High Court Orders Hundreds Freed from Holot Detention Centre

Two weeks ago, for the third time, the Supreme Court revised its ruling on the legality of the so-called “Infiltration Prevention Law” in response to a lawsuit brought by a group of human rights organizations including the Association for Civil Rights in Israel and the Hotline for Refugees and Migrants, both NIF grantees.

Though the court affirmed the constitutionality of the law, the justices ruled that the amount of time asylum seekers could be held in the Holot detention facility was disproportionate and must be reduced to one year. The court also chastised the government for their slow pace in processing requests for asylum. As a result, in the coming weeks, roughly 1,200 people who have been held in Holot for more than a year will be released.

Supreme Court Chief Justice Miriam Naor wrote the majority opinion declaring the law constitutional yet restricting some of its provisions. Her ruling criticized the conditions in which the detainees – refugees and labor migrants alike – were housed “As a citizen, I would have liked to see my country show more compassion, even towards those suspected of infiltrating Israel to make money,” she wrote.

After the ruling, the petitioning organisations released the following statement:

“The High Court made it clear today, for the third time, that the Knesset did not think through before ordering the denial of liberty of thousands of people. The Court ruled that detention in Holot for 20 months is unconstitutional, and anyone jailed in Holot for over a year will be released immediately. The state was given six months to formulate an alternative law for detention in Holot that will meet constitutional standards. The Court made it clear that a policy whose purpose is to break asylum-seekers’ spirit to coerce them to leave Israel is unconstitutional. The judges also criticized the slow pace of examining asylum claims and the abysmally low recognition rate of refugees in Israel.

Israel’s policy can not amount to either mass denial of liberty of innocents or complete neglect of the issue. We call on the government to direct the creativity and resources invested in jailing and pressuring asylum-seekers to give up and leave Israel in a policy that will benefit both asylum-seekers and residents of south Tel Aviv: redirecting the millions spent on detaining asylum-seekers to improving health and welfare services in areas, such as south Tel Aviv, where many asylum-seekers reside. The state can also encourage asylum-seekers to move out of overcrowded and impoverished neighbourhoods by granting them work permits and providing incentives to employers through Israel to hire them.”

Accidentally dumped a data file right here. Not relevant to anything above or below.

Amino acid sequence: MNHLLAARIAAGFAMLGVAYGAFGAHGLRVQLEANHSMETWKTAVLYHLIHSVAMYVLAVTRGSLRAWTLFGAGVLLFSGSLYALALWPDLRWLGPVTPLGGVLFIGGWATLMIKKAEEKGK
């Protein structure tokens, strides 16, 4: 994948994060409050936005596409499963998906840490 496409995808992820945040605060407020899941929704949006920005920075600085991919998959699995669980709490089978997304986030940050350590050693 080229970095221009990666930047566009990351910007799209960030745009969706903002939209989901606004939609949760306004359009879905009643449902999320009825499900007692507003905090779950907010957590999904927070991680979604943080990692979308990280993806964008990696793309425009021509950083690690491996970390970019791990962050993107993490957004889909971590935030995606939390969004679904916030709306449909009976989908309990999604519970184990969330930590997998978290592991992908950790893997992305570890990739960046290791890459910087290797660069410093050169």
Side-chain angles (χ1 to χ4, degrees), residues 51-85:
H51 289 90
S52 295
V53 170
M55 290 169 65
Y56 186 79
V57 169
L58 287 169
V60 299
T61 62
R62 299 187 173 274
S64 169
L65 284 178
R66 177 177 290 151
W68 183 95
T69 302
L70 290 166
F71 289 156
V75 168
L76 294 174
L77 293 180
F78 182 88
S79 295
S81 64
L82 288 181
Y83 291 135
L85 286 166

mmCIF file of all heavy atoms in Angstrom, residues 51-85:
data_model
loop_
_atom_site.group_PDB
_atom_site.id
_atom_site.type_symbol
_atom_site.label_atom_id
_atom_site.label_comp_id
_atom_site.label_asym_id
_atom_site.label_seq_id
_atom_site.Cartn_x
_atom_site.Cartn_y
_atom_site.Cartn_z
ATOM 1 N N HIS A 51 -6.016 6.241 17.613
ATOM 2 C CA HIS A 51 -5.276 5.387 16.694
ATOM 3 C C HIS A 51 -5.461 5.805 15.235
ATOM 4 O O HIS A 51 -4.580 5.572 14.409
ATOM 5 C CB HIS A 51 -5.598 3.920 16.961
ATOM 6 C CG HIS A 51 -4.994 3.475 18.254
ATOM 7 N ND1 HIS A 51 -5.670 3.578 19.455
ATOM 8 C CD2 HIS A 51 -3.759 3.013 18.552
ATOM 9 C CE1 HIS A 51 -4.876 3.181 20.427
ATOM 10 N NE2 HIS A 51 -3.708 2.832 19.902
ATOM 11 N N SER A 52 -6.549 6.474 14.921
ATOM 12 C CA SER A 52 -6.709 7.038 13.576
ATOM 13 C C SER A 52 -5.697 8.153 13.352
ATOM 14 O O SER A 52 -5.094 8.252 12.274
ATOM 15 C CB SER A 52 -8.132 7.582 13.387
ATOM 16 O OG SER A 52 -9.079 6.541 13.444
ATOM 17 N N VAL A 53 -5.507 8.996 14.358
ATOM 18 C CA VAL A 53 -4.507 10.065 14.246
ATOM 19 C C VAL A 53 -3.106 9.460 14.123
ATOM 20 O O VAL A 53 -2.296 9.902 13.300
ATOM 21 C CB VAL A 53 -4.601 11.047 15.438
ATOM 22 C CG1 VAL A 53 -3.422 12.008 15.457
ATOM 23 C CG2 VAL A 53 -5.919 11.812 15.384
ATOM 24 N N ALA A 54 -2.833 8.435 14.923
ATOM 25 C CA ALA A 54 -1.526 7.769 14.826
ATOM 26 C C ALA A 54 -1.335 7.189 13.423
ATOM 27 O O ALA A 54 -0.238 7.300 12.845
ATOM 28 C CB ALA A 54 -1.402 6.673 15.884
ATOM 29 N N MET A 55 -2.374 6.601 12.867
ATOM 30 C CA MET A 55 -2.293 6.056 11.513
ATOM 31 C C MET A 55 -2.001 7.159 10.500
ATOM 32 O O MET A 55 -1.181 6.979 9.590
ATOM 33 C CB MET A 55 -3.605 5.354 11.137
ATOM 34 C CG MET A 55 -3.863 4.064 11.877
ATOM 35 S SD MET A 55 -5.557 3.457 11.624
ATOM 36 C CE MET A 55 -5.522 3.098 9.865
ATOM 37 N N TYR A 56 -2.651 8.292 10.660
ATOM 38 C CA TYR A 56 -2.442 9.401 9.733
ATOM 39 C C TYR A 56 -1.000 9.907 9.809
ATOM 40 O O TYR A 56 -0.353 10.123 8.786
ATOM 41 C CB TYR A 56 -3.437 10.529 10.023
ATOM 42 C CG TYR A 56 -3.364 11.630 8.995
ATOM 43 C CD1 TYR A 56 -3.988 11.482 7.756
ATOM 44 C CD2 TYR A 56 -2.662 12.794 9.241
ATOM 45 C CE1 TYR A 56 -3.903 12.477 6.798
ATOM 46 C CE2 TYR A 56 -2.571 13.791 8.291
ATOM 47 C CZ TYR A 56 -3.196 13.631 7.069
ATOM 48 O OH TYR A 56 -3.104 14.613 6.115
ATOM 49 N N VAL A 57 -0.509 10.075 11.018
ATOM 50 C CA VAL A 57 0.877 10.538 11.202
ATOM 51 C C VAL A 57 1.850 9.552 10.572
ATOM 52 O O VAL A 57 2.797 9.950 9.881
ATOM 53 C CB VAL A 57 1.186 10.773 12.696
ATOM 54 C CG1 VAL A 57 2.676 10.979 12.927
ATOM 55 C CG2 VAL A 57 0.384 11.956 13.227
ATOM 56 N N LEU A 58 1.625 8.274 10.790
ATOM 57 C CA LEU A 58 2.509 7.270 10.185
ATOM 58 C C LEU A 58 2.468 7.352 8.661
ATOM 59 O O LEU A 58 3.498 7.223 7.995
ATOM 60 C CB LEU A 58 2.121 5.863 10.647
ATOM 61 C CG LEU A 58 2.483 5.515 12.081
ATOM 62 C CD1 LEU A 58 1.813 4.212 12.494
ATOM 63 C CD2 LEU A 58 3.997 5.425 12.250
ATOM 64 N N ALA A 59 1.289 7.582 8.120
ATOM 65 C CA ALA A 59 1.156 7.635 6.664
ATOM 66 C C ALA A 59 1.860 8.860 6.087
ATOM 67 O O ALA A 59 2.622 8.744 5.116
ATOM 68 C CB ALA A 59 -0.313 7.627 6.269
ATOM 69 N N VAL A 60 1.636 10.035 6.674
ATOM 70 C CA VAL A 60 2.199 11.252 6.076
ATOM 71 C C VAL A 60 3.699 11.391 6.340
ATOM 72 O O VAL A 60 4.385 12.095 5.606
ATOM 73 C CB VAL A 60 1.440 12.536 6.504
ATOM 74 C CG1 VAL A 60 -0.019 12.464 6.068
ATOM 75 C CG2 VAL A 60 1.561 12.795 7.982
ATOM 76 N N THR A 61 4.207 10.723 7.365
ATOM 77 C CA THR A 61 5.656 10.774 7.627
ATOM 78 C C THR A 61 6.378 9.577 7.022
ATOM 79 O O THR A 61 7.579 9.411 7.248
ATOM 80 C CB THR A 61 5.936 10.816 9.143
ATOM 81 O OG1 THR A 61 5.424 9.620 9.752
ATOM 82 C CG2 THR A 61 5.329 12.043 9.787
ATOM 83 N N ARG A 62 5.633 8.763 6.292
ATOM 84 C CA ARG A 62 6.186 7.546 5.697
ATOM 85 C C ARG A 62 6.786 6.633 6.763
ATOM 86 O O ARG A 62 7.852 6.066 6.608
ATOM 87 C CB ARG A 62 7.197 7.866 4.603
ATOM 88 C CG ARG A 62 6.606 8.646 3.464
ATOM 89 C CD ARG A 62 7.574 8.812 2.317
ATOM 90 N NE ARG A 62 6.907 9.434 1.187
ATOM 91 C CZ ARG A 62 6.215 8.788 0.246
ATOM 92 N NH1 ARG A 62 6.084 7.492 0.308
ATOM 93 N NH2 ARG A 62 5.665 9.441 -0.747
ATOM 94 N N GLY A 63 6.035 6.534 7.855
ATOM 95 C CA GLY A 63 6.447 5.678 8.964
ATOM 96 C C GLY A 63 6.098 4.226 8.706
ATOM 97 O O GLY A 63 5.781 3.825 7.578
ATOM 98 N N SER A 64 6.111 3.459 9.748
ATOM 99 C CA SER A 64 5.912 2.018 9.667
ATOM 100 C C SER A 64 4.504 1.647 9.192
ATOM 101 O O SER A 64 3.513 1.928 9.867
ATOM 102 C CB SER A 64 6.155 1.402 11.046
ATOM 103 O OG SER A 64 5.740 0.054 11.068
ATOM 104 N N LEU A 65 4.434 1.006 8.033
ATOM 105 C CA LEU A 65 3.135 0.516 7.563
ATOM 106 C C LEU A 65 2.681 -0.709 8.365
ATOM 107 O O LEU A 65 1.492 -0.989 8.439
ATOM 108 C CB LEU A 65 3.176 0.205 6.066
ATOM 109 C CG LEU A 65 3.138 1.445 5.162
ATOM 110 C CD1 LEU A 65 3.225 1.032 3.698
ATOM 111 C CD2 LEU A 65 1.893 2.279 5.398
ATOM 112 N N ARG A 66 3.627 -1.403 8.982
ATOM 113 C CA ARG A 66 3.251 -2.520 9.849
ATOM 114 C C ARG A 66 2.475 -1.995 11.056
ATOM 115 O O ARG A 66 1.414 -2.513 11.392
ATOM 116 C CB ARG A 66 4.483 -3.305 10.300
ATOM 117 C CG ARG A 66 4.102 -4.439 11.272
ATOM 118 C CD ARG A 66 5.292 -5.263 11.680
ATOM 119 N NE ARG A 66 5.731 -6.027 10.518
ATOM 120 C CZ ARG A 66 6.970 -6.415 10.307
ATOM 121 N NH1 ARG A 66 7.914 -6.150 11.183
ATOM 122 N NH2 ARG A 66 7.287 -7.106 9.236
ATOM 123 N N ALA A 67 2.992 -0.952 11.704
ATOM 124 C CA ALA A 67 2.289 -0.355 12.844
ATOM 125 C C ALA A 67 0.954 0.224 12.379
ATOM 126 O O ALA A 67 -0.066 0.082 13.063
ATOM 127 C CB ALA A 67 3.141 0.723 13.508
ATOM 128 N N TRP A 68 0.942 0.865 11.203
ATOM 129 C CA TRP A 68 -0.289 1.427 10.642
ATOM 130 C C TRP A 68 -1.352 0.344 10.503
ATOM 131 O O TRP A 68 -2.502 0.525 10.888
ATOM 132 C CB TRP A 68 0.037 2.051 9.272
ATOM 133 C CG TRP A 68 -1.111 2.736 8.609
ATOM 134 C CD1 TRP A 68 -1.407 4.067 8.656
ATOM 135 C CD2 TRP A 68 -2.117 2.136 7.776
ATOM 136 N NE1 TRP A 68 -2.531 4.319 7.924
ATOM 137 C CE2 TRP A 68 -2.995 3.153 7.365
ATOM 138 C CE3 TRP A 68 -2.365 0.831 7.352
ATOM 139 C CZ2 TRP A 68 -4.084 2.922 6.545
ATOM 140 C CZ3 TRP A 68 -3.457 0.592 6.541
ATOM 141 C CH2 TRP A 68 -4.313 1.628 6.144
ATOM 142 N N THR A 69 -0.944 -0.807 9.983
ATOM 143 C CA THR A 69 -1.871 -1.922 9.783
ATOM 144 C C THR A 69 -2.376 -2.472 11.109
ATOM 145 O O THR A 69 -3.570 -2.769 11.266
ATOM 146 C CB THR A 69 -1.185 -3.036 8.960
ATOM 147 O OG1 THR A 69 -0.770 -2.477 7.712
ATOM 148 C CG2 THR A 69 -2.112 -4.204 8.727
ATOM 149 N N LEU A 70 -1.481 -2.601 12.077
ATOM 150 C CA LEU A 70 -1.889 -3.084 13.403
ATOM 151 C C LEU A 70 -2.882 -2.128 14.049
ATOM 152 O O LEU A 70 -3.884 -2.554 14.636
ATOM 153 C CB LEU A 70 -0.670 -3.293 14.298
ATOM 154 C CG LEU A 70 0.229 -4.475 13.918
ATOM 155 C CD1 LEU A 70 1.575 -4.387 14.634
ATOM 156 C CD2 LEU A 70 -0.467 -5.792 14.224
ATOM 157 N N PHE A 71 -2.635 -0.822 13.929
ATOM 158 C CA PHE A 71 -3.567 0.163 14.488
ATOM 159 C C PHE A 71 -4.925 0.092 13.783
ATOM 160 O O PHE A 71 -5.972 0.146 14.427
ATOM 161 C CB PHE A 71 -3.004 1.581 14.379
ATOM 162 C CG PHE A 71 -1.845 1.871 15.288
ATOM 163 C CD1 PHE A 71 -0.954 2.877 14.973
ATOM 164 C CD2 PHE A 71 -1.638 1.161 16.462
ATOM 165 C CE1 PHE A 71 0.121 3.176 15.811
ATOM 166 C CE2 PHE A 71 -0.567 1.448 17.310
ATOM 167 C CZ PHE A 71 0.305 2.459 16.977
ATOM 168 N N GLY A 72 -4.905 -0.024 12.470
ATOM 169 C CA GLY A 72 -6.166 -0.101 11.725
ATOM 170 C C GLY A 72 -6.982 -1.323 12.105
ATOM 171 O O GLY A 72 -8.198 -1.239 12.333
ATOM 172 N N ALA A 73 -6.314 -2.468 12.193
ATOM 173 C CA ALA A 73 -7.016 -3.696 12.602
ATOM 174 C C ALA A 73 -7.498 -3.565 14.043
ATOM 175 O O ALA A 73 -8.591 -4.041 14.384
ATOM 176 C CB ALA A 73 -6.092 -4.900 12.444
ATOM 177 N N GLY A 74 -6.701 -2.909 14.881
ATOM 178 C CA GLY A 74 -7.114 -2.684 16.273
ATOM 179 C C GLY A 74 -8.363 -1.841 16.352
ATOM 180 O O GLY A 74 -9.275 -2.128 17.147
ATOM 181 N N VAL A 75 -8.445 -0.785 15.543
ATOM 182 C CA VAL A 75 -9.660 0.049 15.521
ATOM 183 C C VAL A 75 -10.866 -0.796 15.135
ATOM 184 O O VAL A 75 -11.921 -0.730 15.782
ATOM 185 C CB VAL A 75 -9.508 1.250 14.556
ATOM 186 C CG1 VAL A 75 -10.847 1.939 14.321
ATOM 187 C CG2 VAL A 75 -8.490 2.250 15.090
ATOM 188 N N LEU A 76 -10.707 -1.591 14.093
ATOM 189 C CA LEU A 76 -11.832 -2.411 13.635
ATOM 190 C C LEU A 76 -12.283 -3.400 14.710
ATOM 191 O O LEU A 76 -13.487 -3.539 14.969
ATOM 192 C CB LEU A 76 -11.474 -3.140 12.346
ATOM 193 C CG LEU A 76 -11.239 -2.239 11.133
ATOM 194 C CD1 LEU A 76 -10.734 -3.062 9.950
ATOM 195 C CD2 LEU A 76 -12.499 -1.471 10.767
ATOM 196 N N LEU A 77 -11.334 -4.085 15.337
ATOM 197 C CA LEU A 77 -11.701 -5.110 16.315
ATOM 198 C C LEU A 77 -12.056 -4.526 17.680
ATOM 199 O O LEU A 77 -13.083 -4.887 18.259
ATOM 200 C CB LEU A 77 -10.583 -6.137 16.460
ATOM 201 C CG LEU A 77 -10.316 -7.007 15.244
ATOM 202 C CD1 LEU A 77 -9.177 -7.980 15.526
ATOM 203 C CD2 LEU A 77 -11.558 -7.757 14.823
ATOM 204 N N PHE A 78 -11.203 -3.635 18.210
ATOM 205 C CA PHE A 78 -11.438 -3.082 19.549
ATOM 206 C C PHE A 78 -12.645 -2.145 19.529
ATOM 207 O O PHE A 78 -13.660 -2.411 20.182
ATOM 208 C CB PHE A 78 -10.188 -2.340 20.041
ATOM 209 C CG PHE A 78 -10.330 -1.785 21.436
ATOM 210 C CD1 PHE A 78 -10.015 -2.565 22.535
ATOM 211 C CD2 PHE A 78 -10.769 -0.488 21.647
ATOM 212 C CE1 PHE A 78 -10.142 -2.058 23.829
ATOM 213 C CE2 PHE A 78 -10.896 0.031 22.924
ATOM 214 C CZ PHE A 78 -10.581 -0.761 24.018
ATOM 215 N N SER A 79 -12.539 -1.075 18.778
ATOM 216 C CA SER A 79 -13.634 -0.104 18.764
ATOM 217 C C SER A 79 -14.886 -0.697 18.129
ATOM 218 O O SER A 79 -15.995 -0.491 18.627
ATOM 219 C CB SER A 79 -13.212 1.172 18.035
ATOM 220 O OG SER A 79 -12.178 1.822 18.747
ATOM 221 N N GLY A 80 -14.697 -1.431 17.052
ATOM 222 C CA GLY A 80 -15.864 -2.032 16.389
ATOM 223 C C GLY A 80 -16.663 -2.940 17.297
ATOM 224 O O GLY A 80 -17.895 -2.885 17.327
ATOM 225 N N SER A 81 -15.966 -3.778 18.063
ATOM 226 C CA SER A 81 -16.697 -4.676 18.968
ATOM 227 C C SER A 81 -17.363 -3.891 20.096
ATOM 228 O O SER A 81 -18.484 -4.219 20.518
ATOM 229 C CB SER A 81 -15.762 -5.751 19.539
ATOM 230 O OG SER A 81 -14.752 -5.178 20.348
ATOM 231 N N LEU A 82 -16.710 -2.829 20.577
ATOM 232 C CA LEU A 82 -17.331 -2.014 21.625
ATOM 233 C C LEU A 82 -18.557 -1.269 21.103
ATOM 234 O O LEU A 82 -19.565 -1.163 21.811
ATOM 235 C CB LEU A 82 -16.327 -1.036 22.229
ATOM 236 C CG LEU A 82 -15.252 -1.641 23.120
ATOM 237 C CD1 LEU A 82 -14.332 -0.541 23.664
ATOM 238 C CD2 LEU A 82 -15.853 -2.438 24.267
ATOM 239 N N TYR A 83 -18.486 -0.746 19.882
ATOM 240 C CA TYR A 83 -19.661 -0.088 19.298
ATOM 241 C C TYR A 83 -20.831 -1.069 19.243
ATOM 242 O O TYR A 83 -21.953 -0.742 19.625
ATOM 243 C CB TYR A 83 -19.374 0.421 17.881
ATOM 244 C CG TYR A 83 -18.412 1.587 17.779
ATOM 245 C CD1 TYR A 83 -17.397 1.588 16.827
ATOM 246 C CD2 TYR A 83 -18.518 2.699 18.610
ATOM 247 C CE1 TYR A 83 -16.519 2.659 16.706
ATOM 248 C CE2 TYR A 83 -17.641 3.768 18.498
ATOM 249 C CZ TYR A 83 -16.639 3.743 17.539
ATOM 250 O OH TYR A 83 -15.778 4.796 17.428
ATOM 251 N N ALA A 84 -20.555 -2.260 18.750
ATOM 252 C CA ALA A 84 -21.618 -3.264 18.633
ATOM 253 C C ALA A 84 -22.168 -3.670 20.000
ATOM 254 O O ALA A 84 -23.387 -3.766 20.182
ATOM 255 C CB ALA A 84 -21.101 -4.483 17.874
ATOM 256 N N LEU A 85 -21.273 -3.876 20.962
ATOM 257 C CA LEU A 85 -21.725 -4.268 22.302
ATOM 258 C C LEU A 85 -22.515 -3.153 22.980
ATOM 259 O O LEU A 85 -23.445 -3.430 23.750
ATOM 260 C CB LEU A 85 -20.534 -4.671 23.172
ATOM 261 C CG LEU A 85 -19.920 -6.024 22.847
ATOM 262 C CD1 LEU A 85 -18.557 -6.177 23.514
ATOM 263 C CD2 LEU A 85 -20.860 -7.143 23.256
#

With the release of the asylum seekers, however, conditions are looking worse: the government announced that the released asylum seekers would be barred from working or living in Tel Aviv or Eilat – the two cities home to the largest communities of asylum seekers. This ruling means that many of those released have been left with nowhere to go, their connections mostly existing in the barred cities. To make matters worse, Arad Mayor stated that he was determined to keep asylum seekers out of Arad, and “If we have to strengthen our struggle on this issue I won’t hesitate to call on all residents to join in the fight for the city’s well-being”.

NIF grantee the African Refugee Development Centre, is responding to the situation, looking for hosts for asylum seekers who would otherwise have no option but to sleep on the streets.

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August 2015